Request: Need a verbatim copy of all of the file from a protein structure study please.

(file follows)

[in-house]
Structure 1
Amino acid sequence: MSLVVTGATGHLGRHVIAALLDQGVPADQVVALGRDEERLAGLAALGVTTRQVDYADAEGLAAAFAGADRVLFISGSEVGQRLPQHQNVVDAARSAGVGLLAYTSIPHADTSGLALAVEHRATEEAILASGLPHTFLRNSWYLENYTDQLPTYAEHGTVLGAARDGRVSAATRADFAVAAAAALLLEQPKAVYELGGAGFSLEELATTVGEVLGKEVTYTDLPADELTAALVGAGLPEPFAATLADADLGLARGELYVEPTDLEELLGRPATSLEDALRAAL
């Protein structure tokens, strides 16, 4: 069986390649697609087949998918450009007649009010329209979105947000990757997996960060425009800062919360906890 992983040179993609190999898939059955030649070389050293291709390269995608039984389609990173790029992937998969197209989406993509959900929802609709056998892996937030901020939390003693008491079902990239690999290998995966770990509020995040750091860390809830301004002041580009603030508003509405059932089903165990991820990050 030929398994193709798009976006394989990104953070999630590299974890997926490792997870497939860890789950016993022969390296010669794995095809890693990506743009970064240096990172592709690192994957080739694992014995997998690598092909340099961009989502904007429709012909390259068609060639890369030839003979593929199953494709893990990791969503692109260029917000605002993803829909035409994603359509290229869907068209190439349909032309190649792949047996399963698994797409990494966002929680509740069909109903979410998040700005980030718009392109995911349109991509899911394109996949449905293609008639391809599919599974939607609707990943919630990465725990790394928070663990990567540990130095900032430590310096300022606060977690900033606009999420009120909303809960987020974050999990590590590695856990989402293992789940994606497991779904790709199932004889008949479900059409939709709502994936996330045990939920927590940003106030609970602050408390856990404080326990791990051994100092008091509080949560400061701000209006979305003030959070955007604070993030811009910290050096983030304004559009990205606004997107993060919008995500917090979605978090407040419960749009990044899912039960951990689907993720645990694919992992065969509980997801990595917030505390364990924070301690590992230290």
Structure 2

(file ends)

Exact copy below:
[in-house]
Structure 1
Amino acid sequence: MSLVVTGATGHLGRHVIAALLDQGVPADQVVALGRDEERLAGLAALGVTTRQVDYADAEGLAAAFAGADRVLFISGSEVGQRLPQHQNVVDAARSAGVGLLAYTSIPHADTSGLALAVEHRATEEAILASGLPHTFLRNSWYLENYTDQLPTYAEHGTVLGAARDGRVSAATRADFAVAAAAALLLEQPKAVYELGGAGFSLEELATTVGEVLGKEVTYTDLPADELTAALVGAGLPEPFAATLADADLGLARGELYVEPTDLEELLGRPATSLEDALRAAL
């Protein structure tokens, strides 16, 4: 069986390649697609087949998918450009007649009010329209979105947000990757997996960060425009800062919360906890 992983040179993609190999898939059955030649070389050293291709390269995608039984389609990173790029992937998969197209989406993509959900929802609709056998892996937030901020939390003693008491079902990239690999290998995966770990509020995040750091860390809830301004002041580009603030508003509405059932089903165990991820990050 030929398994193709798009976006394989990104953070999630590299974890997926490792997870497939860890789950016993022969390296010669794995095809890693990506743009970064240096990172592709690192994957080739694992014995997998690598092909340099961009989502904007429709012909390259068609060639890369030839003979593929199953494709893990990791969503692109260029917000605002993803829909035409994603359509290229869907068209190439349909032309190649792949047996399963698994797409990494966002929680509740069909109903979410998040700005980030718009392109995911349109991509899911394109996949449905293609008639391809599919599974939607609707990943919630990465725990790394928070663990990567540990130095900032430590310096300022606060977690900033606009999420009120909303809960987020974050999990590590590695856990989402293992789940994606497991779904790709199932004889008949479900059409939709709502994936996330045990939920927590940003106030609970602050408390856990404080326990791990051994100092008091509080949560400061701000209006979305003030959070955007604070993030811009910290050096983030304004559009990205606004997107993060919008995500917090979605978090407040419960749009990044899912039960951990689907993720645990694919992992065969509980997801990595917030505390364990924070301690590992230290």
Structure 2